Virac Water District draw water from three open sources: “Cawayan”, “Padurog” and “Sibanjan” rivers, all located within the Watershed Protection Forest (WFR), north of the Virac poblacion.
The Cawayan water source has the largest catchment at 13.3 sq-km. with a potential discharge of 60 liters per second (lps). It has an elevation of 183 meters msl. Built in 19xx and originally designed to service 800 households (HH), it currently has 2,500 connections from 12 barangays north of the town center.
The source’s slow sand filter was built without the provision for backwashing and since has suffered from lack of proper maintenance. A new rapid sand filtration system, which is estimated to cost roughly PhP 8-M, has been completed and is now partly operational.. The facility includes flocculation and sedimentation structures designed to address the turbidity situation. Raw water is passed through various filtration media of activated carbon, silica sand, and gravel layers, then stored and disinfected using a hypochlorinator before transmission and distribution.
Sibanjan at 4.42 sq-km is the second largest among the three water sources, and Padurog is the smallest at 2.72. The use of these two water sources predate Cawayan and has been in continuous operation for almost three decades and currently still have some asbestos pipelines. Sibanjan has both open and spring sources and is equipped with a slow sand filtration but lacks a backwashing structure. Chlorination is by injection. Because of its spring water, concessioners connected to it enjoy lesser turbidity problems. Padurog has the smallest catchment and provides roughly only 35 lps of discharge. Because its intake structure has been continually damaged by recurring typhoons, its discharge water is comparatively the most turbid (see technical data).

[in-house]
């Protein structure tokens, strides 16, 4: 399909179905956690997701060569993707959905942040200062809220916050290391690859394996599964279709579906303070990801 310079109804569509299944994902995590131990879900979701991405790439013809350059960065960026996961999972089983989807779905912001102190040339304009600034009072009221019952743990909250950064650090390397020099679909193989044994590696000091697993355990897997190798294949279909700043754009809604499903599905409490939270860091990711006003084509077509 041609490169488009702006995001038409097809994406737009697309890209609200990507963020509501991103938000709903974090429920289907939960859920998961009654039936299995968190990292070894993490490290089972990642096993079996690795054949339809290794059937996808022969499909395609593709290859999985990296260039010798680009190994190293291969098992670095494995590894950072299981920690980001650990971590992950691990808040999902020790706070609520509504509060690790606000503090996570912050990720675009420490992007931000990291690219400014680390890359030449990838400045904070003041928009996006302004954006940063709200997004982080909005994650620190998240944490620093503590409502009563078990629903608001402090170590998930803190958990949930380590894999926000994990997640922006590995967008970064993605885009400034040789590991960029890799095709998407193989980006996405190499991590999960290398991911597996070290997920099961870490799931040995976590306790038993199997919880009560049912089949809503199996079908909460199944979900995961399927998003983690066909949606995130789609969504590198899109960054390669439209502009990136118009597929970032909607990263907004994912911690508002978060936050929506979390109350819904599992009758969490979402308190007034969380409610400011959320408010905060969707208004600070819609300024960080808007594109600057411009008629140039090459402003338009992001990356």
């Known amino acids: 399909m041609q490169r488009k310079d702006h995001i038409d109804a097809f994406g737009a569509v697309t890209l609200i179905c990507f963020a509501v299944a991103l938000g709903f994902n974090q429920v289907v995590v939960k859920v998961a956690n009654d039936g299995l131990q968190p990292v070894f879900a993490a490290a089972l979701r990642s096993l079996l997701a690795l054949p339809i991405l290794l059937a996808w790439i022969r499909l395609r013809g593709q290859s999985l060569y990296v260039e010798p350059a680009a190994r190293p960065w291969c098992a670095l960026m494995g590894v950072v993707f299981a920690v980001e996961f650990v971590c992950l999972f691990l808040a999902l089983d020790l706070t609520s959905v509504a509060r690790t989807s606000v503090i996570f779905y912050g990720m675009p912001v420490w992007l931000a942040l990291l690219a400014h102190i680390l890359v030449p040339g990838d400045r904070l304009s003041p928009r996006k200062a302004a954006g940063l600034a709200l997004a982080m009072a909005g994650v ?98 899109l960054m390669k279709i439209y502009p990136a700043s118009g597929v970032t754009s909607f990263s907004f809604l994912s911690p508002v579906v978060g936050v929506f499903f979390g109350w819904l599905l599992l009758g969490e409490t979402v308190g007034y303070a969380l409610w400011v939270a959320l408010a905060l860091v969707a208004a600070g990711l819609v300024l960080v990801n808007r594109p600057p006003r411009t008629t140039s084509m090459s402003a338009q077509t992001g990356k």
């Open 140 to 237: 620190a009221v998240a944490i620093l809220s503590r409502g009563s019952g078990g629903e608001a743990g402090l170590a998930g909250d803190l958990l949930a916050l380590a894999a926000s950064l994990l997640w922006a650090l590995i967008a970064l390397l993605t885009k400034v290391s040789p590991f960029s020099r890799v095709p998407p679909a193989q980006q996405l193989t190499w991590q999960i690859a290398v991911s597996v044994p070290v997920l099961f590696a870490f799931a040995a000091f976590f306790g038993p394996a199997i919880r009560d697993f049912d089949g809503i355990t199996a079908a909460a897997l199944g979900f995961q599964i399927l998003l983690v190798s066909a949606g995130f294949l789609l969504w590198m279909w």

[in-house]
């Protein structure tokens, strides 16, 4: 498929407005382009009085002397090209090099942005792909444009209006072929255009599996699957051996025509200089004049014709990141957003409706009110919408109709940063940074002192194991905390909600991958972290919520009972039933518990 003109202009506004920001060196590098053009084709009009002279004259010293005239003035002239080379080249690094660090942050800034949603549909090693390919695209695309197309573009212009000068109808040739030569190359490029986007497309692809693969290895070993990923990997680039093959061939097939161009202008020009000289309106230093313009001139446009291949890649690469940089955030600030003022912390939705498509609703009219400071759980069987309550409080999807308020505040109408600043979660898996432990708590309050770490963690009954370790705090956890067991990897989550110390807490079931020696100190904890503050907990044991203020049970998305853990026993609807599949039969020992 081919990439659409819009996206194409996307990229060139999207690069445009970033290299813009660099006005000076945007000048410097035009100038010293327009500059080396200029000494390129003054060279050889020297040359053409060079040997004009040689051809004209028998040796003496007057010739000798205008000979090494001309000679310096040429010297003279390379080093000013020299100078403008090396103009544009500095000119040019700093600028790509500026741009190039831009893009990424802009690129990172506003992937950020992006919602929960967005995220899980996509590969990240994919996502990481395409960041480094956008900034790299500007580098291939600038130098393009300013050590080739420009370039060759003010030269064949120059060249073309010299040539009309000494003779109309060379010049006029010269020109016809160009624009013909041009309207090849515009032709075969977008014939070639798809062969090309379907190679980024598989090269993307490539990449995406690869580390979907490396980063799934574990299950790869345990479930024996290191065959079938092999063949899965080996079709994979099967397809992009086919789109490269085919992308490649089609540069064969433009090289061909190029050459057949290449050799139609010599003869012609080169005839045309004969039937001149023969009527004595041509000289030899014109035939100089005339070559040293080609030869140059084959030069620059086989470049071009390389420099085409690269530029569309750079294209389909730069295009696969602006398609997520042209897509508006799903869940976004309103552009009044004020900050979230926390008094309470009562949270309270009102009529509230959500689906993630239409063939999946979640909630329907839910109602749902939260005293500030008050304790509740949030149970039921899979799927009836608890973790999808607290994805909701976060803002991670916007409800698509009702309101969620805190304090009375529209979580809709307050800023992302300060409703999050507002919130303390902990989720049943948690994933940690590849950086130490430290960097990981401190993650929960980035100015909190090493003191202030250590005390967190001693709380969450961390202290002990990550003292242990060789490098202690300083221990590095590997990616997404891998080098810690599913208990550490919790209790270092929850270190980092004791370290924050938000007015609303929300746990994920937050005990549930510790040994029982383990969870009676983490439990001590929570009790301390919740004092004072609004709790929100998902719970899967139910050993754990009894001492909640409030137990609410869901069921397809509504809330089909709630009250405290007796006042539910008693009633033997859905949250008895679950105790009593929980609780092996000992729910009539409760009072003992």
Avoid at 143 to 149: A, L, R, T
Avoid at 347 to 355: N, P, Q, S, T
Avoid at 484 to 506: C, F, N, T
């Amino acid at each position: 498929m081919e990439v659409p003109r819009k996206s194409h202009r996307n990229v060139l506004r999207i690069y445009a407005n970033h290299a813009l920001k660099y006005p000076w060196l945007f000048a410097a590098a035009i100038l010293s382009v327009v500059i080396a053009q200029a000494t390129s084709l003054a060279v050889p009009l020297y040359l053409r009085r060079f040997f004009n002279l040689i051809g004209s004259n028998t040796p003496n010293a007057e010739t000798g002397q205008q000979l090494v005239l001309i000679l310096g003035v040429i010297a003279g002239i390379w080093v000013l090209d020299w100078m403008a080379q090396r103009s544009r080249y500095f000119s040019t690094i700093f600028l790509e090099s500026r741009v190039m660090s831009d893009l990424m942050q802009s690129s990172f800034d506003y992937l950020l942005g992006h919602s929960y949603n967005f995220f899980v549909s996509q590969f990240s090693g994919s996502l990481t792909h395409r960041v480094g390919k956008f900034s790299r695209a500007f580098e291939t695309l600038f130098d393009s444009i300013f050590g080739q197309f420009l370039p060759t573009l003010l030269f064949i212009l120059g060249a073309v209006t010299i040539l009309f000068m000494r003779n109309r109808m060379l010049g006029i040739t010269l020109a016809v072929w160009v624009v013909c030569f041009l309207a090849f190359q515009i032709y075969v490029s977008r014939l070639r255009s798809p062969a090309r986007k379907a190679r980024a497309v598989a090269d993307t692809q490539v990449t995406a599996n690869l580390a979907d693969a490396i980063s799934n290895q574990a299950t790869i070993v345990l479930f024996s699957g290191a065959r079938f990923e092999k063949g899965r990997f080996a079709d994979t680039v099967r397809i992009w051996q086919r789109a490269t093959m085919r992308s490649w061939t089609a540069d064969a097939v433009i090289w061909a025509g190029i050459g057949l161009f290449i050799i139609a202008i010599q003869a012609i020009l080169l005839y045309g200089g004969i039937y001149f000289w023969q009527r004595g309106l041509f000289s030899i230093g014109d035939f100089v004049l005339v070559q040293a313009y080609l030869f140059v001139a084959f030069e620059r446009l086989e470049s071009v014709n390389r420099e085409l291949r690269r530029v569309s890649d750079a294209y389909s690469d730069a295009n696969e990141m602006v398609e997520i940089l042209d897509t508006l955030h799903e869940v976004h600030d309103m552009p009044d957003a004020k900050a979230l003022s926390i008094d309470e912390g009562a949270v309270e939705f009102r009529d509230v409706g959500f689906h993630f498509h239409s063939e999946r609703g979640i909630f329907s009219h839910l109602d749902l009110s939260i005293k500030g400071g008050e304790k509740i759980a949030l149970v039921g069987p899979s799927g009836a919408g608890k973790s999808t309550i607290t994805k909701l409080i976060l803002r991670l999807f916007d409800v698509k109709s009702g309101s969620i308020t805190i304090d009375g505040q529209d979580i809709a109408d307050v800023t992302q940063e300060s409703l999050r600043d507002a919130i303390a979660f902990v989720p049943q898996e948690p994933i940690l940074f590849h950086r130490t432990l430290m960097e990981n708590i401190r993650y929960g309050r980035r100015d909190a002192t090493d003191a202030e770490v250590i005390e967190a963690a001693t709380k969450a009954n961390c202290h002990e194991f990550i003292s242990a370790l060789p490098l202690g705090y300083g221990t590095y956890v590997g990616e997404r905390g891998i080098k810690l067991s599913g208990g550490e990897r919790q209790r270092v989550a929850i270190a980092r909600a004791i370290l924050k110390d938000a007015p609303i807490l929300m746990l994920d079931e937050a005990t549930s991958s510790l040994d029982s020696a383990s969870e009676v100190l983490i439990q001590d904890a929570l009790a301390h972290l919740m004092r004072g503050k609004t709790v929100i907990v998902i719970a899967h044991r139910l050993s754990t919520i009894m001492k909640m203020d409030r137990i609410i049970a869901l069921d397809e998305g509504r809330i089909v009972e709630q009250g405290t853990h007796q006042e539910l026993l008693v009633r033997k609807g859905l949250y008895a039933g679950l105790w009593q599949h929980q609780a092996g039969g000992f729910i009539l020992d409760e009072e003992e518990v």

VWD also abstracts water from two ground sources, used sparingly during the dry months. Both are equipped with submersible pumps. The smaller is located in the West Garden Subdivision with a capacity of 7.5 lps. While the other has a 15-lps capacity located inside the campus of the Catanduanes State University (CSU). Ensuring the safety of the structures and the water produced is one concern being addressed.
The third groundwater identified source is still to be tapped, although it has a proven capacity estimated from 10-20 lps. The area of possible drawdown is located within the provincial capital compound.
|Intake Structure Type||Concrete Box||Concrete Box||Concrete Box|
|Elevation||183 meter above msl||277 meter above msl||210 meter above msl|
|Intake Production||48 Ltr/sec.||35 Ltr./sec||30 Ltr./sec|
|Watershed Area||CWFR (13,3 sq-km)||CWFR (2.72 sq-km)||CWFR (4.42 sq-km)|
|Soil Type||Conglomerate, Limestone||Limestone, Calcaretine||Limestone, Calcaretine|
|Slope characteristics||Stiff Slope to Medium Shape||Stiff to Medium Slope||Stiff to Medium Slope|
|Agricultural activities||Abaca Farming||Abaca Farming||Abaca Farming|
Turbidity, inefficient intake structure, transmission problems and ageing distribution pipelines.
Because surface water is prone to all sorts of contamination, VWD has to face intermittent bouts of turbidity for lack of adequate pre-filtration structures to ensure that that water supply is safe for household use. This particular situation becomes a regular problem, especially during rainy months, occurring almost three quarters of the year. The installation of structures to address this condition is now being put in place, hopefully cutting significantly treatment expenses.
Ageing system – repair and replacement of remaining asbestos transmission and distribution pipes; for upgrading. Remaining asbestos pipes due for replacement. Maintaining the physical infrastructure in tip-top condition is also a major problem given the prevailing weather conditions obtaining in a type-II climate area. Regular repairs are eating much of the District’s MOOE budget.